Dating back to the period when Kayin and Hevel lived (Adam’s children), we find a tremendous disparity between their spiritual connections to Hashem. Hevel had a direct connection to Hashem as can be proven from the fact that his sacrifice was accepted by Hashem. On the other hand, Kayin's connection to Hashem was to be through his brother Hevel and therefore he was dependent on him. Hashem’s blessing reaches the world through the service of Hevel. Hevel was source of Mashpia (positive influence) unto Kayin whereby Kayin was the Mekabel (receiver) of everything that Hevel had passed over to him.  The role of Kayin is therefore a secondary one. It is for this reason that he did away with his brother Hevel.


This scenario repeated itself in the times of the children of Yaakov Avenu. Yosef HaTzadik saw himself as the source of sustenance of his brothers. In his dream, the very constellations bowed down to him. And his brothers marked him for death. (6)


Rav Chaim of Volozhen in his sefer Ruach Chaim (on Pirkei Avos) elaborates on this theme.  Rav Chaim points out that in the first mishna of Pirkei Avos, there is a switch in verbiage from recipient to donor.  "Moshe received the Torah from Sinai and passed it on to Yehoshua..." Rav Chaim explains that everything in creation falls into at least one of the two categories if not both: those who give and those who receive (Mashpia and Mekabel).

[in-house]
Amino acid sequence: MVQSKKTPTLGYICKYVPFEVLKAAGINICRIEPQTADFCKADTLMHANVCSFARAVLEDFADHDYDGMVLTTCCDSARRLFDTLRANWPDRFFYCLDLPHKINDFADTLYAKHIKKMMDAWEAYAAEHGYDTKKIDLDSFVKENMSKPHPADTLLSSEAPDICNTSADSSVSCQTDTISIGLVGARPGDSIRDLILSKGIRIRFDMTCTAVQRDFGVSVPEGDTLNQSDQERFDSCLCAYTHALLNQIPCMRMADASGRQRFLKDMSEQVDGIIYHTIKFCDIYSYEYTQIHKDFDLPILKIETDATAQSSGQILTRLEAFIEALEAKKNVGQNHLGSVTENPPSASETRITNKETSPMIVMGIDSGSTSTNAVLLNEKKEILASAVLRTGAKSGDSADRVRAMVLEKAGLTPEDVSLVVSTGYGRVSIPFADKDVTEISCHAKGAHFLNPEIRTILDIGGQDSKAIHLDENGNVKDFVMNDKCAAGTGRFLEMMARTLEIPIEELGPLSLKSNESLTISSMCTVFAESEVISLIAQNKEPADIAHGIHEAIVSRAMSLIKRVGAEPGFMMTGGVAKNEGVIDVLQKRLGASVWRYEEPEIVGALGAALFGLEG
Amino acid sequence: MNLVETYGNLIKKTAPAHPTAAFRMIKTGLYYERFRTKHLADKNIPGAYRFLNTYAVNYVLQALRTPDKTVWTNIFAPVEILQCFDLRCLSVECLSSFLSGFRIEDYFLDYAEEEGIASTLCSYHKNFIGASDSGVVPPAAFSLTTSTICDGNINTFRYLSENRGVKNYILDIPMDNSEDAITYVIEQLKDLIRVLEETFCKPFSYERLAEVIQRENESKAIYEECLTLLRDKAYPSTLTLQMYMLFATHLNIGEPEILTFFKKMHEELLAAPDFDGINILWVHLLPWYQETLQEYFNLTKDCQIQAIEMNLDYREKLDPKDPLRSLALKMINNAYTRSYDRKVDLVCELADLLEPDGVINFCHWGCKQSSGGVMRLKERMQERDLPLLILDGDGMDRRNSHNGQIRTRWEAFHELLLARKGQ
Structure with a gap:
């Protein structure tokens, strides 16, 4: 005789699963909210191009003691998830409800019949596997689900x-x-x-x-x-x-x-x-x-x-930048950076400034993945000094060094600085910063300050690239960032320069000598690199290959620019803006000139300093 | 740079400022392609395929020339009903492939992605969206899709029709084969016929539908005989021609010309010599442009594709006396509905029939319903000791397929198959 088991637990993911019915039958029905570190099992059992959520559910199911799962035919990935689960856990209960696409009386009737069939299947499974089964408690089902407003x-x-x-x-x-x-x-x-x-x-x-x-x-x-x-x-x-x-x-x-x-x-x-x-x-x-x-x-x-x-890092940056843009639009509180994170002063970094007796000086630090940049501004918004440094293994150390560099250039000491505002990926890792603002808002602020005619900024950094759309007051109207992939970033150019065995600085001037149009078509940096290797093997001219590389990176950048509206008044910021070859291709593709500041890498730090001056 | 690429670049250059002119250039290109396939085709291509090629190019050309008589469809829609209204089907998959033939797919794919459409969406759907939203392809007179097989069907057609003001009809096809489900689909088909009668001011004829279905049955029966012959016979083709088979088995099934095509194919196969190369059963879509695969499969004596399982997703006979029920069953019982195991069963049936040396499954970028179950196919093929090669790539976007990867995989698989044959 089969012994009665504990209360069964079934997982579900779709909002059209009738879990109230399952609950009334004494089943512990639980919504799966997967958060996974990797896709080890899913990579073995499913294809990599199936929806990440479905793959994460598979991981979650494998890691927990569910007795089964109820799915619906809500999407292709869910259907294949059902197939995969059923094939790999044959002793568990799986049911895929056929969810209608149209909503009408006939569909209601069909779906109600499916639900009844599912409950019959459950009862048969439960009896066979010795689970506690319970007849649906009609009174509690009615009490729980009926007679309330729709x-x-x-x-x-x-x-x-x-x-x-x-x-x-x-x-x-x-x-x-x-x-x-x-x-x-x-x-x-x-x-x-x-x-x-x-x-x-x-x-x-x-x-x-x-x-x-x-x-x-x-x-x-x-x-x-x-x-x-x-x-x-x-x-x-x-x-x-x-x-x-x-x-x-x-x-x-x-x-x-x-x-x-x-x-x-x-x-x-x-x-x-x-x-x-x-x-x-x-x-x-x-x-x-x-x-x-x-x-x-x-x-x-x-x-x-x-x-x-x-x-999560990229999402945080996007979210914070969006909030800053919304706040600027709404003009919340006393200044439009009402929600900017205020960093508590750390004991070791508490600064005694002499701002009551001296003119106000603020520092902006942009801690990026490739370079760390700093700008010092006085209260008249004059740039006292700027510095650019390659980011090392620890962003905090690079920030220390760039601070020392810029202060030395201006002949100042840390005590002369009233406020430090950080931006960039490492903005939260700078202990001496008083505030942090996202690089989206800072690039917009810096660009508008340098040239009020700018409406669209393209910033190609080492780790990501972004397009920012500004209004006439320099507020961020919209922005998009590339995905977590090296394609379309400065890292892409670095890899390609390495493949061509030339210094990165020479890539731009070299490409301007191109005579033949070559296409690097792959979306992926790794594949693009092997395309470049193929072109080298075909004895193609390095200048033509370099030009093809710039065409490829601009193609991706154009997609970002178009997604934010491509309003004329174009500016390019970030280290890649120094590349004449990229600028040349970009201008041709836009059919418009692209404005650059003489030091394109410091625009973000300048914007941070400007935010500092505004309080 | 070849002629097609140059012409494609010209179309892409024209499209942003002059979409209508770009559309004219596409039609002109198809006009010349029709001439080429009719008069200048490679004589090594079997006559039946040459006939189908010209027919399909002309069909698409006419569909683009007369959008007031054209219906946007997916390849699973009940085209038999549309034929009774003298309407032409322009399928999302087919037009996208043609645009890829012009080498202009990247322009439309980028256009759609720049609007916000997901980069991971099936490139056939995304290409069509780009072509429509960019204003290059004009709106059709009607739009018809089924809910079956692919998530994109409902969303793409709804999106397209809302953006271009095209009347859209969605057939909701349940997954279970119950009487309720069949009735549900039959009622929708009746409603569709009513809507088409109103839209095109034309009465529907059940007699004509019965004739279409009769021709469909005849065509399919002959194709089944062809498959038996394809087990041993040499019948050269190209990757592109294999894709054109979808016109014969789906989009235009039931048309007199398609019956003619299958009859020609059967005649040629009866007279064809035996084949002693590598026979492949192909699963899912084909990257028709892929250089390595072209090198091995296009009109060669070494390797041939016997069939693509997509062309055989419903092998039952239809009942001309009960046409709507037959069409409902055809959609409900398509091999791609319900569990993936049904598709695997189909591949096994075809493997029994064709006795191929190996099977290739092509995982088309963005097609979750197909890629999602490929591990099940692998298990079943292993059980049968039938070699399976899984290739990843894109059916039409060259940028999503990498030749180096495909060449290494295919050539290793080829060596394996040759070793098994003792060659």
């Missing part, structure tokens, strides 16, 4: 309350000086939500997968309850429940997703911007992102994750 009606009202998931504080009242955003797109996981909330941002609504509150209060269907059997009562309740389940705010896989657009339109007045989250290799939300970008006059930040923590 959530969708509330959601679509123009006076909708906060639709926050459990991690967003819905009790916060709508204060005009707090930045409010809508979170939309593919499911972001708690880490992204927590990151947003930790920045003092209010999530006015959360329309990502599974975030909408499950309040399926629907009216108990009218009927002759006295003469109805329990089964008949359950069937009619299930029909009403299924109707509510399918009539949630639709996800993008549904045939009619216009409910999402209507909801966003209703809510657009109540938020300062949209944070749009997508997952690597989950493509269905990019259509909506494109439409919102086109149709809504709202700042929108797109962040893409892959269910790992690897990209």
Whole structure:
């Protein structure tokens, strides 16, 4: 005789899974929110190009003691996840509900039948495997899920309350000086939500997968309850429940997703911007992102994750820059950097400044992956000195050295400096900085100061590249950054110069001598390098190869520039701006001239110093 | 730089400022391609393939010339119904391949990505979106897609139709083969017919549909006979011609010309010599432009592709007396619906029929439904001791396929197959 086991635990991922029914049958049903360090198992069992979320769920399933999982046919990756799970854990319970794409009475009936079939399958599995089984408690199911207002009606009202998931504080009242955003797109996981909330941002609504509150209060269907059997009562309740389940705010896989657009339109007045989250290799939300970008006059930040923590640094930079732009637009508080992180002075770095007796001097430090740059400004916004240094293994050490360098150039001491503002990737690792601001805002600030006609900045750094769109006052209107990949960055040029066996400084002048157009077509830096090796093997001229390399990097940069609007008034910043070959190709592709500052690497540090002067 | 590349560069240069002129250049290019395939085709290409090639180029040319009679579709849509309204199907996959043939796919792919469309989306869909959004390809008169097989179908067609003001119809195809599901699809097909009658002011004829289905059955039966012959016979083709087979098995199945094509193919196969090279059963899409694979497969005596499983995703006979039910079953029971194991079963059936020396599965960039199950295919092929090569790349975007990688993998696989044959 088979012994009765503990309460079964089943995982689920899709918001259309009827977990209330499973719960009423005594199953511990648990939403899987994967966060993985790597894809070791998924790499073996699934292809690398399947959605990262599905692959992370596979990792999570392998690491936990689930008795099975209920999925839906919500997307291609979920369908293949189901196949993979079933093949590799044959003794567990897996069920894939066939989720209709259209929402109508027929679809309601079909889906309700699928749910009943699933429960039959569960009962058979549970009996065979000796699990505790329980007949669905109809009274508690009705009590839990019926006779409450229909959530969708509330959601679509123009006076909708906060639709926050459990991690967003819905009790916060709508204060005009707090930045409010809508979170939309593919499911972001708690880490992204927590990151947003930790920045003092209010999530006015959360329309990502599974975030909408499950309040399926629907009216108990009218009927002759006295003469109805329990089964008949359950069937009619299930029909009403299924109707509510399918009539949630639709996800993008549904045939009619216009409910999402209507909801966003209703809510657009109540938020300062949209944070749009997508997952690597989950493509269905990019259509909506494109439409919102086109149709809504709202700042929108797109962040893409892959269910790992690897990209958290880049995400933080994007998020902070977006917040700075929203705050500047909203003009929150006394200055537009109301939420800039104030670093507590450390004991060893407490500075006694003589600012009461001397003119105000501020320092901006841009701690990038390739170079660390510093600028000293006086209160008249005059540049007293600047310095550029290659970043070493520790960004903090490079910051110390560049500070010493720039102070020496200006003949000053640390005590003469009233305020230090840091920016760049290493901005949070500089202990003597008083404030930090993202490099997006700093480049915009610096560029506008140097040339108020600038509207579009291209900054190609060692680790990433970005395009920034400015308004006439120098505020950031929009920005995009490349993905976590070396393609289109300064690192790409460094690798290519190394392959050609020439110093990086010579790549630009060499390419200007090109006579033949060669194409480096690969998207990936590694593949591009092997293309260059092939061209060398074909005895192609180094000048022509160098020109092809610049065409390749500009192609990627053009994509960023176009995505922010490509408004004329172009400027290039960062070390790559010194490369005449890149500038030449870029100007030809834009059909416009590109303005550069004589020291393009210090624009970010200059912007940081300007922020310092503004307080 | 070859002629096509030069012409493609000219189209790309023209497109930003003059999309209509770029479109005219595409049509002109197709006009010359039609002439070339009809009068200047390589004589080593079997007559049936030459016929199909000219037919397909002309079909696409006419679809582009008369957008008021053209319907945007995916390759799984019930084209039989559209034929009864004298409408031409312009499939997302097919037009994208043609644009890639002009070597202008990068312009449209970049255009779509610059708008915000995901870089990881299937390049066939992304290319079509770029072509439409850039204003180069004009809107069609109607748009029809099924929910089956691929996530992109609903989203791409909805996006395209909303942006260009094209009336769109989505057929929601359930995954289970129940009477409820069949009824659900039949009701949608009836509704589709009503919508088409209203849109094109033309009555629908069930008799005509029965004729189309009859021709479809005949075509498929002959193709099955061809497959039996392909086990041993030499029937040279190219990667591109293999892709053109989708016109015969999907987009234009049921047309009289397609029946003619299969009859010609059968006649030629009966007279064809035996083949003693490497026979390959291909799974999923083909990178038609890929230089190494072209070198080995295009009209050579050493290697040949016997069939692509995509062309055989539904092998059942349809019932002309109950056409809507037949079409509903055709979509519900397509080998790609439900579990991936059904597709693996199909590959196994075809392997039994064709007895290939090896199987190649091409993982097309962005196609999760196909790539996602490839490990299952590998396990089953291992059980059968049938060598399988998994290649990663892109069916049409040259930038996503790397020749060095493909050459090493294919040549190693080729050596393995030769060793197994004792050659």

Moshe Rabeinu is said to be the ultimate Mashpia to everything that exists in this world.  Moshe is the conduit through which Bnei Yisroel are connceted to Hashem and thus kept alive. Our bodies are only in existence because of our Neshamos (souls) and our individual Neshamos are only sustained through the Neshama of all of Klal Yisroel which is a single unit.  This Neshama remained in Shamayim until the time of Yaakov Avenu and his sons, the twelve Tzadikim. When Moshe Rabeinu was born, it was this Neshama that was joined with his body. His Neshama is the Neshama of all of Klal Yisroel and this is why it is said that he sustains all of Klal Yisroel.


With this in mind, we now have insight into Moshe's words that he did not even take one donkey.  Moshe was reiterating the point that he was the Mashpia unto Bnei Yisroel and not the Mekabel.  Consequently, he had not taken even a donkey as compensation for his travels because his purpose in life was to give to Bnei Yisroel and not take back. 

Yaakov paralleled Moshe's position of being Mashpia. Through Yaakov's acquisition of Esav’s rights of the firstborn, he was mesaken (repaired) the world by setting the foundation for all of Bnei Yisroel. The taking of the rights of the first-born was a correction of an injustice. Esav had no right to be the one with a direct connection to Hashem. It is Yaakov that the Torah calls “Ish Tam” (the blemish-free man). Esav, like Kayin was an “Ish Sadeh” (a man of the field). He was meant to be the mekabel of the overflowing blessing brought to the world by the service of Yaakov. This is the opposite of what Korach sought to bring about.